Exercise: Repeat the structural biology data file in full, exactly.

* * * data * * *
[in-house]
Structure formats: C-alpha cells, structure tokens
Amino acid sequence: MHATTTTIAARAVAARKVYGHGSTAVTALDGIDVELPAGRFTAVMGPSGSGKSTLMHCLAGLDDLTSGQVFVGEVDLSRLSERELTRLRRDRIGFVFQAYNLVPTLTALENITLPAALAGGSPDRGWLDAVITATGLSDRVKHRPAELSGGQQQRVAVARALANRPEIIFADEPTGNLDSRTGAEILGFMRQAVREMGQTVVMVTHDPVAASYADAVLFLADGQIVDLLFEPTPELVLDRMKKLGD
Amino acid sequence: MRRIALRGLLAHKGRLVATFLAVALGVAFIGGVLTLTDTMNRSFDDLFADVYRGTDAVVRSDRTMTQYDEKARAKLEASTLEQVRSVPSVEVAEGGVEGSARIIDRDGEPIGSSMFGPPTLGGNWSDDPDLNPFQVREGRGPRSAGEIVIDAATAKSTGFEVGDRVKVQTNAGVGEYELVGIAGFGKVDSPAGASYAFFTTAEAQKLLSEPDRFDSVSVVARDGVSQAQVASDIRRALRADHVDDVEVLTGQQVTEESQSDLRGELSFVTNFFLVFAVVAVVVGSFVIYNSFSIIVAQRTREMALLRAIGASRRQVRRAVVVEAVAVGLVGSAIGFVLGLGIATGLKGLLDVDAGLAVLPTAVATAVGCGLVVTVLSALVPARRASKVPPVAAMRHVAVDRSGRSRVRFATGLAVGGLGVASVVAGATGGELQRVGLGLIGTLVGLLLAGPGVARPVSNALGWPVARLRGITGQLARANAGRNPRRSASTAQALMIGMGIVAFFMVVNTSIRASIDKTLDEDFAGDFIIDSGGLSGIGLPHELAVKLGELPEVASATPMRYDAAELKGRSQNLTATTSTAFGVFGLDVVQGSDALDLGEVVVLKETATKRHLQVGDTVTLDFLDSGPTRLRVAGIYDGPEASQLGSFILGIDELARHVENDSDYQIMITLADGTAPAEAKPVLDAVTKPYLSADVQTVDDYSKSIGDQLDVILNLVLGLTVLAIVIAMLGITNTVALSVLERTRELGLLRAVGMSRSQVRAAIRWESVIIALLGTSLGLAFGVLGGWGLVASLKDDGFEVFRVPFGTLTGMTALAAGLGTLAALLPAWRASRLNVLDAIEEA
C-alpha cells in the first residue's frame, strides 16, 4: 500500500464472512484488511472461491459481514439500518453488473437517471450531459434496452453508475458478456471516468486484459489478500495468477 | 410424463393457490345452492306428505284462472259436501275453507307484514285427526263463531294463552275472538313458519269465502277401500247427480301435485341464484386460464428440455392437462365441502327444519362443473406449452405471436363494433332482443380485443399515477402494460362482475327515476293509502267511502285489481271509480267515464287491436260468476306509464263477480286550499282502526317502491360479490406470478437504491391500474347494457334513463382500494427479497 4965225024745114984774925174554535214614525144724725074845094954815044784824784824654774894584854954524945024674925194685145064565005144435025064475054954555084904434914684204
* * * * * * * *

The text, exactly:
[in-house]
Structure formats: C-alpha cells, structure tokens
Amino acid sequence: MHATTTTIAARAVAARKVYGHGSTAVTALDGIDVELPAGRFTAVMGPSGSGKSTLMHCLAGLDDLTSGQVFVGEVDLSRLSERELTRLRRDRIGFVFQAYNLVPTLTALENITLPAALAGGSPDRGWLDAVITATGLSDRVKHRPAELSGGQQQRVAVARALANRPEIIFADEPTGNLDSRTGAEILGFMRQAVREMGQTVVMVTHDPVAASYADAVLFLADGQIVDLLFEPTPELVLDRMKKLGD
Amino acid sequence: MRRIALRGLLAHKGRLVATFLAVALGVAFIGGVLTLTDTMNRSFDDLFADVYRGTDAVVRSDRTMTQYDEKARAKLEASTLEQVRSVPSVEVAEGGVEGSARIIDRDGEPIGSSMFGPPTLGGNWSDDPDLNPFQVREGRGPRSAGEIVIDAATAKSTGFEVGDRVKVQTNAGVGEYELVGIAGFGKVDSPAGASYAFFTTAEAQKLLSEPDRFDSVSVVARDGVSQAQVASDIRRALRADHVDDVEVLTGQQVTEESQSDLRGELSFVTNFFLVFAVVAVVVGSFVIYNSFSIIVAQRTREMALLRAIGASRRQVRRAVVVEAVAVGLVGSAIGFVLGLGIATGLKGLLDVDAGLAVLPTAVATAVGCGLVVTVLSALVPARRASKVPPVAAMRHVAVDRSGRSRVRFATGLAVGGLGVASVVAGATGGELQRVGLGLIGTLVGLLLAGPGVARPVSNALGWPVARLRGITGQLARANAGRNPRRSASTAQALMIGMGIVAFFMVVNTSIRASIDKTLDEDFAGDFIIDSGGLSGIGLPHELAVKLGELPEVASATPMRYDAAELKGRSQNLTATTSTAFGVFGLDVVQGSDALDLGEVVVLKETATKRHLQVGDTVTLDFLDSGPTRLRVAGIYDGPEASQLGSFILGIDELARHVENDSDYQIMITLADGTAPAEAKPVLDAVTKPYLSADVQTVDDYSKSIGDQLDVILNLVLGLTVLAIVIAMLGITNTVALSVLERTRELGLLRAVGMSRSQVRAAIRWESVIIALLGTSLGLAFGVLGGWGLVASLKDDGFEVFRVPFGTLTGMTALAAGLGTLAALLPAWRASRLNVLDAIEEA
C-alpha cells in the first residue's frame, strides 16, 4: 500500500464472512484488511472461491459481514439500518453488473437517471450531459434496452453508475458478456471516468486484459489478500495468477 | 410424463393457490345452492306428505284462472259436501275453507307484514285427526263463531294463552275472538313458519269465502277401500247427480301435485341464484386460464428440455392437462365441502327444519362443473406449452405471436363494433332482443380485443399515477402494460362482475327515476293509502267511502285489481271509480267515464287491436260468476306509464263477480286550499282502526317502491360479490406470478437504491391500474347494457334513463382500494427479497 4965225024745114984774925174554535214614525144724725074845094954815044784824784824654774894584854954524945024674925194685145064565005144435025064475054954555084904434914684204